Vol. 9  No. 95                                              WE COVER THE WORLD                              Wednesday Augustr 11, 2010 Extra


In this handout image provided by the European Space Agency (ESA), smoke from wildfires is seen from space August 11, 2010 over Moscow, Russia. Peat fields in the outskirts of Moscow have been burning for two weeks, and have killed over 50 people.
Moscow's St. Basil's Cathedral is seen through the heavy smog covering Moscow, Russia,as a woman with a boy wear masks protecting from the thickest blanket of smog covering. Temperatures up to 100 F (38 C) have exacerbated forest and peat bog fires across Russia's central and western regions, destroying close to 2,000 homes.

     Wads of thick smoke from peat-bog fires and forests southeast of the Russian capital have raised pollution in the city of roughly 18 million dwellers to a highly dangerous level.      Russian health officials speak of a steep increase of mortality that normally averages 360 dead people each day but has more than doubled now.
    The acrid smoke clouds also caused disruption to air navigation in Domodedovo airport, Russia’s busiest and biggest airport by passenger numbers.
    Hundreds of flights were delayed, diverted to other airports or even cancelled by air traffic controllers due to poor visibility conditions.
    Sergei Izvolsky, a spokesperson for Russia’s Federal Air Transportation Association told local media visibility at Domodedovo was partially reduced to as little as 200 meters making air traffic hazardous.
    So far no end of the roughly 600 different fires is seen although the army stepped in to extinguish the blazes. Their task however, is extremely difficult due to the ongoing heat of nearly 40 degrees Celsius, poor technical equipment, and no weather change forecast.
    Air Cargo News FlyingTypers managed to interview Konstantin Tyurkin, spokesperson for Domodedovo-based Transaero Airlines, is the second biggest Russian carrier.

  Konstantin, please tell us about the current weather situation Domodedovo airport and how Transaero Airlines is affected by the smoke.

  Well, regarding the smoke situation I must say that bad weather is not something out of the ordinary in Russia. That’s why most of Transaero’s pilots have certificates to land and take-off in low-visibility conditions (according to CAT IIIA requirements). Domodedovo Airport’s runways are also equipped according CAT IIIA requirements. That’s why when last week the situation with visibility became worse due to smoke Transaero’s operations were not seriously interrupted.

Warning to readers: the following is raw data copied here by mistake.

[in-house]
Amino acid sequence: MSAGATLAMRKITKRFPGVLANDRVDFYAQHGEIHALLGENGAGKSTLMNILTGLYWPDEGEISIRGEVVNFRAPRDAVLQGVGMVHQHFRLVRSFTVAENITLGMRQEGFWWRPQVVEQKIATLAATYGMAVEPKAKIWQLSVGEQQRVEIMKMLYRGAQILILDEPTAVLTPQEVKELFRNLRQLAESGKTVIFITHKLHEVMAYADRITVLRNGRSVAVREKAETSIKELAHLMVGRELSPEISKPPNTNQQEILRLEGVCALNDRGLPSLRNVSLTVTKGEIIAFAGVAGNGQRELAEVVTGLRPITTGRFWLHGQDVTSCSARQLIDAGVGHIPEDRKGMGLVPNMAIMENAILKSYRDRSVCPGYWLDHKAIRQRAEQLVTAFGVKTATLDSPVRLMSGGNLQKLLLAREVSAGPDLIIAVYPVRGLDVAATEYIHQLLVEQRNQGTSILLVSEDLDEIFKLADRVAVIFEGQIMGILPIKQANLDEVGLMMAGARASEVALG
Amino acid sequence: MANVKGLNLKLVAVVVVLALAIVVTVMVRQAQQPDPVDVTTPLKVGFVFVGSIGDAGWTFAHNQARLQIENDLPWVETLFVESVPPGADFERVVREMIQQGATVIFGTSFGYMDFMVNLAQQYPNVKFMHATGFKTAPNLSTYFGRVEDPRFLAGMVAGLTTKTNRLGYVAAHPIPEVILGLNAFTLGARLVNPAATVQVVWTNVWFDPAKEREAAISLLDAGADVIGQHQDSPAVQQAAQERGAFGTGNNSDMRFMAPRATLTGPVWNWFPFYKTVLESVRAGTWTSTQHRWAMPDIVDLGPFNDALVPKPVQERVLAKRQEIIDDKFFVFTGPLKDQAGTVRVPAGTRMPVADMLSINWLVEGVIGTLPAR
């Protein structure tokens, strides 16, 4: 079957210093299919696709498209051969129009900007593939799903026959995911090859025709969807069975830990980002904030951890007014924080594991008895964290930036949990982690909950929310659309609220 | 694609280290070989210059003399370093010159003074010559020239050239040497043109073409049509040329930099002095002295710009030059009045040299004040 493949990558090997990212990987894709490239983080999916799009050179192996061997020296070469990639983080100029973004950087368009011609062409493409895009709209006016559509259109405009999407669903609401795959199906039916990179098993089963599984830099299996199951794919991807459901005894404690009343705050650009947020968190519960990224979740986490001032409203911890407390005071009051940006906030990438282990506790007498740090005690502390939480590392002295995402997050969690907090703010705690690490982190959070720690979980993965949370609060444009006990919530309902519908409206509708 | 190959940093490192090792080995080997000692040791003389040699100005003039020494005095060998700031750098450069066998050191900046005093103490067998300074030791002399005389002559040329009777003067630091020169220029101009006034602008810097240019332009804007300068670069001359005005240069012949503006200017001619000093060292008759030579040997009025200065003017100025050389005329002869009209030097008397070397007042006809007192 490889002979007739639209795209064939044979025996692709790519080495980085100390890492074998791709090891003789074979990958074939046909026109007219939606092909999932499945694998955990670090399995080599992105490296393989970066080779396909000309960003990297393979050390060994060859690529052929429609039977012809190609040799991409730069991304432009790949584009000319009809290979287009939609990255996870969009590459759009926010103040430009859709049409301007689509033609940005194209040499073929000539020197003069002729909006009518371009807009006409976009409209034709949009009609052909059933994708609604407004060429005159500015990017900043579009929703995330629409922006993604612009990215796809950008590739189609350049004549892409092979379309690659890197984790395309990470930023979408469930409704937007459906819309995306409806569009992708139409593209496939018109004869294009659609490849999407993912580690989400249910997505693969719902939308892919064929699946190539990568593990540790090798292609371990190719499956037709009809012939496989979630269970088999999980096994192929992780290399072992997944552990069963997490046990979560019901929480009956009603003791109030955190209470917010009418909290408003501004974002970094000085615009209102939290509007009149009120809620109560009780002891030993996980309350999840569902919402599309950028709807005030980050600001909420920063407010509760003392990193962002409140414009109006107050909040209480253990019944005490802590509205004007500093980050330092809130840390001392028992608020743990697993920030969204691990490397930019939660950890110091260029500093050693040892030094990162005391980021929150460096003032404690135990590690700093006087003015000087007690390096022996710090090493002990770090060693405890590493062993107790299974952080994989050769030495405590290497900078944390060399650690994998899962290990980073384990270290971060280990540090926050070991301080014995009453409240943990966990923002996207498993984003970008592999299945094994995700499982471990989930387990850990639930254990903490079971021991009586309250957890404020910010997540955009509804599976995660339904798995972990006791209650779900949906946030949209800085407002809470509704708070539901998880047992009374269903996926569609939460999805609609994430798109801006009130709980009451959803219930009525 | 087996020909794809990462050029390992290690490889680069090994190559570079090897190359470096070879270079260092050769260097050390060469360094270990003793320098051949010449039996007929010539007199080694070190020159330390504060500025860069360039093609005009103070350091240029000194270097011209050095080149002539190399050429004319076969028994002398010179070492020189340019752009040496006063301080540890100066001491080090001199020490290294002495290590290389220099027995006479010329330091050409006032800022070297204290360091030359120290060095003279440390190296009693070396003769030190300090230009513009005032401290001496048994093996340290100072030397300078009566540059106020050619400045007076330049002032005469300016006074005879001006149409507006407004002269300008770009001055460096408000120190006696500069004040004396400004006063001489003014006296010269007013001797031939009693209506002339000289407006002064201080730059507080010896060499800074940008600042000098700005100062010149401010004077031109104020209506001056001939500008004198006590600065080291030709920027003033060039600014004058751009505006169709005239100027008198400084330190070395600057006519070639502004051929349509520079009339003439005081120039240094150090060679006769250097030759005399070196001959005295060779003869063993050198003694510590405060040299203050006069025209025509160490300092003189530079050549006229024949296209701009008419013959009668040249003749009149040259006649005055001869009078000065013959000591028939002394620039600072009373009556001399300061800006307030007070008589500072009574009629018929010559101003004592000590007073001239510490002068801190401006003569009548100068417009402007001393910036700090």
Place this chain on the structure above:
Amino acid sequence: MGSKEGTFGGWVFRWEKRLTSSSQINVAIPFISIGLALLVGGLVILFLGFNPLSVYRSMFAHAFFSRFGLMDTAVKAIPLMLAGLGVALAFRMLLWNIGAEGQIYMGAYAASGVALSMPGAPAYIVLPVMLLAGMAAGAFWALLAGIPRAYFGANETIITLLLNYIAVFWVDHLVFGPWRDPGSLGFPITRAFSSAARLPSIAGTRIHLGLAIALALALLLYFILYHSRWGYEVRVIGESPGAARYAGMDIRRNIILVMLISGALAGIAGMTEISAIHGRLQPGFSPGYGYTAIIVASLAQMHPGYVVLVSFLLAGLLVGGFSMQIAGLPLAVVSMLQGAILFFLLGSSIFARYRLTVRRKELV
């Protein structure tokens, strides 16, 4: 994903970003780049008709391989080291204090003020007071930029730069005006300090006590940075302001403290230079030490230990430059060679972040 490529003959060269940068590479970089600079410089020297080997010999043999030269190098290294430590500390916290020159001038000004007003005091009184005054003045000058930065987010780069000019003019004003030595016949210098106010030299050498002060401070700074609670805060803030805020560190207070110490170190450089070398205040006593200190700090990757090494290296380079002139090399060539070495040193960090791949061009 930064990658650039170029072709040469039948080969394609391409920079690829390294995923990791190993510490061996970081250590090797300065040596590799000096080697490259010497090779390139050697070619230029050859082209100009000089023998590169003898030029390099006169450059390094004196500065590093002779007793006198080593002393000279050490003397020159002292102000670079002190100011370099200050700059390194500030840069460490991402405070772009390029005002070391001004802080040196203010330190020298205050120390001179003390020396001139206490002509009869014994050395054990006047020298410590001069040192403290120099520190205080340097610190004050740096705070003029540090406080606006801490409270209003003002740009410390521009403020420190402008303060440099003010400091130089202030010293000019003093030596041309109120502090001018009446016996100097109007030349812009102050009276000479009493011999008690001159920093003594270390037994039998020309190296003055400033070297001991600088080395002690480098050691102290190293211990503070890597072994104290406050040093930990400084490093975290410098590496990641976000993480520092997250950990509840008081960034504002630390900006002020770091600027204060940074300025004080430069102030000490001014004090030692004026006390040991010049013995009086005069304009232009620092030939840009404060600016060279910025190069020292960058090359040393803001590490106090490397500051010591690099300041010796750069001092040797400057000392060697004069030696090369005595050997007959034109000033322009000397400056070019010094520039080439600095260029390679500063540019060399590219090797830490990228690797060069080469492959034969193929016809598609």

We, of course, had some minor delays during which Transaero acted in line with Russian legislation: passengers were provided for beverages, meals and accommodation in hotels in certain instances. That happened only when Domodedovo closed the runways (each time not more then for two or three hours), and Transaero’s aircraft in flight were redirected to alternate airports, Moscow Sheremetyevo, also Saint Petersburg and Kazan.

 Sheremetyevo is located north of Moscow. Did traffic there face similar problems?

  Sheremetyevo’s runways are also equipped according to CAT IIIA. However, thanks to its location the airport was not affected by smoke and therefore, didn’t have to close its doors.

Are there any credible estimations how much the disruption of air traffic in Moscow has cost airlines so far?

I would not like to estimate the other carriers’ losses but I can say that Transaero didn’t suffer a lot, and the costs are minimal. I don’t have final figures on hand but according to preliminary data our expenses are comparable to those when there’s snowstorm or fog in Moscow.
     Although many fires keep on burning I like to emphasize that at this moment Transaero Airlines as well as Domodedovo Airport operate according to schedule with no traffic delays due to the smoke.
Heiner Siegmund

Transaero High Over Russia